By getting capital up front, product-centric businesses and capital-heavy projects can launch with rocket speed. Not every crowdfunded campaign results in millions dollars, but there are plenty of successfully funded projects that earn $100,000 or more in just a few months—that’s not chump change. Plus, your business will benefit from the credibility boost that crowdfunding sites can provide. And you’ll have an eager pool of interested customers willing to pay once your project launches.

But not all crowdfunding sites are alike. There are two main types of crowdfunding:

  • Reward: You create a campaign for your startup, then individual contributors donate funds—usually in small amounts—to your campaign in exchange for some kind of a reward. The reward could be a preordered purchase of your product, a shout-out on a website, or even a t-shirt.
  • Equity: Equity crowdfunding is popular for startups because the platform connects you to investors who are willing to make larger donations in exchange for a stake in your business.

Most platforms focus on one of these types of crowdfunding, but some offer both. And some sites allow you to keep whatever funds you raise while others only let you keep the funds if your campaign is fully successful (commonly called “all-or-nothing campaigns”).

Some sites offer other types of crowdfunding that don’t fall neatly into the reward or equity categories. For example, many GoFundMe campaigns function more like charitable contributions. And Patreon can be used to create a steady source of income for creators like artists and writers.

The right type of crowdfunding campaign for your startup depends on your size, your goals, and the amount of capital you need to get started. If you need significant amounts of cash, equity-based campaigns that offer crowdfunding investments are often the better choice. If you think you’ll be better served by pooling thousands of small donations, reward-based crowdfunding may be best.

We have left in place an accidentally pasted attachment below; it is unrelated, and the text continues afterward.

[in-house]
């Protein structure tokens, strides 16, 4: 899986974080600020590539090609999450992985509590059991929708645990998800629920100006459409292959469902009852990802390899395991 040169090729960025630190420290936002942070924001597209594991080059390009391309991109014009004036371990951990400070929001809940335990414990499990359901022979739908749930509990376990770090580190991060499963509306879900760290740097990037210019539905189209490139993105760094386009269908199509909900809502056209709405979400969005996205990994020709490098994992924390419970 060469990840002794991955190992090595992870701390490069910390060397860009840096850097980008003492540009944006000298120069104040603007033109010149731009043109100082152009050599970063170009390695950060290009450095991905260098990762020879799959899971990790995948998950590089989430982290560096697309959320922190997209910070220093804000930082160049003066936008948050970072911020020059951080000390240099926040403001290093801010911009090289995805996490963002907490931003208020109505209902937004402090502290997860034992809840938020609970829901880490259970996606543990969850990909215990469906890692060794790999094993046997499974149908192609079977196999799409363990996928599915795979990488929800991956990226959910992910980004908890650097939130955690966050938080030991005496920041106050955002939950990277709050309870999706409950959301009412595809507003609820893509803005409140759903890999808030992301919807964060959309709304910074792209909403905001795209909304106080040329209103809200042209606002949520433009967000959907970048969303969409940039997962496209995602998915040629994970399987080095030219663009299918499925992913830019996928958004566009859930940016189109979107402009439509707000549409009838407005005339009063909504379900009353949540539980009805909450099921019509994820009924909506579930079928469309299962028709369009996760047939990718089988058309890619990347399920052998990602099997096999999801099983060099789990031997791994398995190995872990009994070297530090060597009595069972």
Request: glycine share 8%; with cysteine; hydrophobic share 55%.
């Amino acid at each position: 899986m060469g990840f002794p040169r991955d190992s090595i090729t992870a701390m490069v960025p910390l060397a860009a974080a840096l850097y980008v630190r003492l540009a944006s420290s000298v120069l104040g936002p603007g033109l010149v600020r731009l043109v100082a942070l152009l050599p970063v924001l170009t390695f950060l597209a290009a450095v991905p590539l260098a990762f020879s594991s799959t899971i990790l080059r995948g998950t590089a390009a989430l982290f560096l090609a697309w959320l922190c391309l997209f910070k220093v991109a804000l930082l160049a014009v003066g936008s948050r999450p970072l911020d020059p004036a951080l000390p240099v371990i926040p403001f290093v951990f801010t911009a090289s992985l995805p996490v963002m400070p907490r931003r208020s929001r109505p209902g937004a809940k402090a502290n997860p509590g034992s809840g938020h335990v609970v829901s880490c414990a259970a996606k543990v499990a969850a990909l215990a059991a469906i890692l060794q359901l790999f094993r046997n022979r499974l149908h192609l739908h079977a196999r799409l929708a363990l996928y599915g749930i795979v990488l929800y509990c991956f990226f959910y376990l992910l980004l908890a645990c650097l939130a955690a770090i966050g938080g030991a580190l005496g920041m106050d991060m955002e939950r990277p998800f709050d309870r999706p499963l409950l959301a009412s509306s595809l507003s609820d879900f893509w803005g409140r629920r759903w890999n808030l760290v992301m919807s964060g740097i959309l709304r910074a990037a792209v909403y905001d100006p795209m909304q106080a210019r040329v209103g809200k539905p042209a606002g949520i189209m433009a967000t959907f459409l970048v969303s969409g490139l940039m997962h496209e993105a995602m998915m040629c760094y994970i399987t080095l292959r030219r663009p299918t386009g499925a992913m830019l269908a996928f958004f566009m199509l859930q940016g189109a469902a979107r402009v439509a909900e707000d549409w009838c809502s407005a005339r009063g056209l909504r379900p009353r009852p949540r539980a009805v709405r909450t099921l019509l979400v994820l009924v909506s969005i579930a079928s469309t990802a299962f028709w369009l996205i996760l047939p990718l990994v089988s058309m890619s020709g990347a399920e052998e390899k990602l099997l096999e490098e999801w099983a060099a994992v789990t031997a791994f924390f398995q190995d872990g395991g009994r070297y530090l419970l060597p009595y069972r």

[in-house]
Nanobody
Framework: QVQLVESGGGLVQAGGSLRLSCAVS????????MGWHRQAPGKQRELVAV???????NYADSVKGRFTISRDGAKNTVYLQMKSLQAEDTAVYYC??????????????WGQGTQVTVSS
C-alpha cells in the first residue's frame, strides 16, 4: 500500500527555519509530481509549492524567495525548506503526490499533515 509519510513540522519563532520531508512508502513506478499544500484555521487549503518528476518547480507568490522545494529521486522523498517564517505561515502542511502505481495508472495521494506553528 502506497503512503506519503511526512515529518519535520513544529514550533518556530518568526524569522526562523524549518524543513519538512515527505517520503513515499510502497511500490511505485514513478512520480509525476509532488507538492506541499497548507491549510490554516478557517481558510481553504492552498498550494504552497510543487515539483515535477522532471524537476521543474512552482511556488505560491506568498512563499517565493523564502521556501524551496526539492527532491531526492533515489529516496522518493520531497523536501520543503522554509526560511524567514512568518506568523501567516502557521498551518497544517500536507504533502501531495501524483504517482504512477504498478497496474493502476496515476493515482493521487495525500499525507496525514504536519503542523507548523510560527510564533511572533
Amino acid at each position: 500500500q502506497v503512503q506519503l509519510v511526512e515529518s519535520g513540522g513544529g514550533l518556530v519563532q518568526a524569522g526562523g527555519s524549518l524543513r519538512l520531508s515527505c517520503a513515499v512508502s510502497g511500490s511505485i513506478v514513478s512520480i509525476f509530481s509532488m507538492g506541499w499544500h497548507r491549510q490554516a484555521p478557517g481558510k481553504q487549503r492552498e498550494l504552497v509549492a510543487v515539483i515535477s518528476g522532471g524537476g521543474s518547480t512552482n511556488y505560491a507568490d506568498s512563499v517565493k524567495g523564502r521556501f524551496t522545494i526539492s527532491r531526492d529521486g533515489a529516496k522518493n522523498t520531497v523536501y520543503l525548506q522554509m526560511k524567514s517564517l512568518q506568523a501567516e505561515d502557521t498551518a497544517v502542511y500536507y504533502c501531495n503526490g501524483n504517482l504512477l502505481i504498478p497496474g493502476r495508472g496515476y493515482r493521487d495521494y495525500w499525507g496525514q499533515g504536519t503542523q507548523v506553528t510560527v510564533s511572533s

What are the alternatives to crowdfunding?

Of course, the growing popularity of crowdfunding doesn’t mean that it’s the only way to start your business. And crowdfunding success isn’t guaranteed. Loans and other forms of credit are tried-and-true—and often less risky—sources of fuel for startup funding.

Here are three startup loan and credit options we recommend:

  • Lendio: A loan marketplace with a quick and easy application process and personalized options for startups.
  • Kabbage: An automated platform for accessing lines of credit to fund short-term needs.
  • OnDeck: An excellent choice for more established startups that need capital that adapts to your growing needs.

Check out more of our picks for the best small-business loans.


At, our research is meant to offer general product and service recommendations. We don’t guarantee that our suggestions will work best for each individual or business, so consider your unique needs when choosing products and services.


  1. Entrepreneur, “The Basics of Crowdfunding
  2. Kickstarter, “Stats
  3. Kickstarter, “Stats
  4. CrowdsUnite “Kickstarter Review
  5. CrowdsUnite, “RocketHub Review
  6. The Outline, “The People GoFundMe Leaves Behind
  7. CrowdsUnite, “GoFundMe Review
  8. Indiegogo, “Our Story
  9. CrowdsUnite, “Indiegogo Review
  10. CrowdsUnite, “SeedInvest Review
  • roman Gilz

    My name is Roman Gilz, I am a private investor who is in project financing and assistance to the person in all areas of activity. In case of need please contact me at the following email address:

  • Mat Angoles.

    Besides the above listed sites, there are several crowdfunding sites online! Recently, Mintme introduced a new way for people to help each other through creating tokens that represent themselves or a project which they have created and then their supporters or followers support them in crowdfunding.

  • Mukhi Sadiq

    Nice info.